The Ideas, Identity and Art of Daniel Spoerri: Contingencies and Encounters of an ‘Artistic Animator’ by Leda Cempellin
I suspect that Daniel Spoerri is not a household name among readers of Modernism/modernity. This is a shame because he was an artist especially attuned to the sorts of interdisciplinarity this journal takes as its core concern. He began his career as a dancer, then turned to poetry, and then to object production. And in almost every instance, the work he produced was itself multidisciplinary: his poems are visual, his sculptures literary. But Spoerri is known almost exclusively within art-historical circles, and even there his reception has been limited to but a single body of work, his so-called “tableaux-pièges” (snare-pictures), in which the remains of a meal—dirtied dinner plates, emptied glasses, used stemware, napkins, and a tablecloth—are glued to the table’s surface then hung horizontally on the wall. Indeed, for the bulk of his career, Spoerri has been known only as “that guy who hangs tables on the wall.”
As the first English-language monograph on Spoerri’s long and varied career, Leda Cempellin’s new book should go a long way toward drawing Spoerri out of the margins of art history. Her book offers a richly detailed account of an artist who, on account of his multidisciplinarity, has for decades eluded scholarly consideration. He was born Daniel Isaac Feinstein, in Romania, in 1930. His father, a Jew who had converted to Christianity, was arrested and murdered by the Nazis in 1941. His mother, Lydia Spoerri, a Christian, was a Swiss citizen and she was able to emigrate with her son a year later. Cempellin doesn’t linger long on Spoerri’s childhood, but she does propose that Spoerri’s absent father, as well as the geographical disruption and trauma of his childhood years, played a role in the artist’s lifelong engagement with memory, movement, and death.
Cempellin’s book is cleverly structured. Rather than frame Spoerri’s career within the confines of his renowned tableaux-pièges, the book focuses its attention on the artist’s insistently [End Page 202] collaborative process. As the subtitle suggests, Spoerri emerges from these pages as an “artistic animator” rather than an “artist,” by which Cempellin means that Spoerri’s career was devoted to working with others and to helping others make and distribute their own work. As Cempellin asserts early on in the book: “There is not a single artistic venture in which Spoerri acted completely alone” (2). The challenge, then, is how to properly track the career of an artist for whom the work of others is inextricably woven into its fabric. Cempellin takes on the challenge by providing details not only of Spoerri’s work, but of the many artists and writers with whom he collaborated. The story of his collaborations begins with his editorial work on the short-lived but historically significant journal, Material (1958–60). Material was the first international collection of concrete poetry, and while it managed a limited distribution, it played a significant role in bringing about one of the most widely distributed and influential anthologies of concrete poetry, An Anthology of Concrete Poetry, edited by Spoerri’s good friend, Emmett Williams and published by Dick Higgins’s Something Else Press.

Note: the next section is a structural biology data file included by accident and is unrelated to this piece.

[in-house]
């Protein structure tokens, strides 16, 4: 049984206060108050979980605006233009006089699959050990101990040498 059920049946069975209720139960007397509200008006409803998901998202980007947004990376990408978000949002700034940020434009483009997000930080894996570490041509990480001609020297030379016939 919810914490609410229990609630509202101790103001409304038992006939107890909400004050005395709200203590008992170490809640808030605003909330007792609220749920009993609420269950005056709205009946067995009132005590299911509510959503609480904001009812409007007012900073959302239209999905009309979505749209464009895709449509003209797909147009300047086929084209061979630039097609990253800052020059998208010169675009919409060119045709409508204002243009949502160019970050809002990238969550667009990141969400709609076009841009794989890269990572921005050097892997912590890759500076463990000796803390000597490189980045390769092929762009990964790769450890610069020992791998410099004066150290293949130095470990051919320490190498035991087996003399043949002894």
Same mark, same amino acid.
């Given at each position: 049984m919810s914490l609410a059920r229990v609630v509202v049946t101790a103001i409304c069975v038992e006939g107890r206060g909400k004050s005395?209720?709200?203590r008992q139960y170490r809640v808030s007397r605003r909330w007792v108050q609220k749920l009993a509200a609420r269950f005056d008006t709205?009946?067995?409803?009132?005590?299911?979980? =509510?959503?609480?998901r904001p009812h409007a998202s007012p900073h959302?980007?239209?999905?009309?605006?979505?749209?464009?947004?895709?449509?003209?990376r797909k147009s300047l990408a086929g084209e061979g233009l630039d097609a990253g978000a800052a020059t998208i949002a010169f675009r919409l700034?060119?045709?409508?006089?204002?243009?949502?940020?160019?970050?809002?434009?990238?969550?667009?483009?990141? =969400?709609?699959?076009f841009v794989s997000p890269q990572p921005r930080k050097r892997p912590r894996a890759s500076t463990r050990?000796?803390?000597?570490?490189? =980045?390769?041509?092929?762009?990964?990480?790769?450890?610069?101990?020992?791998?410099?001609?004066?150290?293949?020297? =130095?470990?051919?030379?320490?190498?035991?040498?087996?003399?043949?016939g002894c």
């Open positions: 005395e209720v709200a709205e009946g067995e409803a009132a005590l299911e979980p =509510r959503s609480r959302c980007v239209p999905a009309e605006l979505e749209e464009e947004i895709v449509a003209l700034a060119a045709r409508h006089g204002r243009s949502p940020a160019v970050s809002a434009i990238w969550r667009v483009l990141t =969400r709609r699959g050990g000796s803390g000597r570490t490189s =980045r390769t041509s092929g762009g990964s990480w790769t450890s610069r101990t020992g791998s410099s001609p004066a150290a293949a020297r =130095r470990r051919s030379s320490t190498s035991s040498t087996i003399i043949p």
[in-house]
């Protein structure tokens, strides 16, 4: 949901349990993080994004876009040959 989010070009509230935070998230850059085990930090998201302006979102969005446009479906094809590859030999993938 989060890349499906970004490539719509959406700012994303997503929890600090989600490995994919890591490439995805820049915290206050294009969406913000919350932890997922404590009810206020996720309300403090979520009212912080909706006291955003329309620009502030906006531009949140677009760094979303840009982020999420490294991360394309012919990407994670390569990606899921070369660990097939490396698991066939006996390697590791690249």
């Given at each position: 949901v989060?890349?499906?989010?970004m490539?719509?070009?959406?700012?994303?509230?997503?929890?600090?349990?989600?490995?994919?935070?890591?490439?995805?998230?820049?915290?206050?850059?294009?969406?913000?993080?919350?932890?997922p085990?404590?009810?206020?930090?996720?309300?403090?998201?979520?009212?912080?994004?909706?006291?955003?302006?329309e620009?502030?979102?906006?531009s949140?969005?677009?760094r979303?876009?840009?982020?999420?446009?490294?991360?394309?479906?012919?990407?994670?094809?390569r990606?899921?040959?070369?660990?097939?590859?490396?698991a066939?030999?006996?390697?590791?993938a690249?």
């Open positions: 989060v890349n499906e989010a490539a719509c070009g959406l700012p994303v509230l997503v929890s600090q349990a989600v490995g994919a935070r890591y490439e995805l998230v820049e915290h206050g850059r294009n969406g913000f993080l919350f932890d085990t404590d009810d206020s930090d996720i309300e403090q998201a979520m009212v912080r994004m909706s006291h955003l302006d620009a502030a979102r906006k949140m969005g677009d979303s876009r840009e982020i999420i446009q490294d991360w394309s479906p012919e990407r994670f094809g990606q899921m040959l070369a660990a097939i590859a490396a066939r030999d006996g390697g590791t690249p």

Higgins, a Fluxus artist, also published Spoerri’s justly revered text An Anecdoted Topography of Chance, perhaps the only other work by Spoerri to have achieved a level of widespread recognition matching that of his tableaux-pièges. The Topo, as it was known in Fluxus circles, is a model of the artist’s collaborative process. The book began modestly enough, as a textual supplement to a 1962 exhibition of Spoerri’s recent work. An inventory of all eighty items on his kitchen table on the afternoon of October 17, 1961, the catalog also included brief anecdotes, recollections triggered by the mundane objects on the table. Soon after its publication, Williams began to translate it from French into English, while their friend, Robert Filliou, began to supplement Spoerri’s anecdotes with anecdotes of his own. The resulting publication was more than twice the length of its original. Soon after, a German translation appeared, with still more anecdotes, these provided by the Swiss artist Dieter Roth (as well as new anecdotes by Spoerri himself). To this day, the book continues to be re-anecdoted and retranslated, a living testimony to Spoerri’s commitment to the work of art as collaborative object.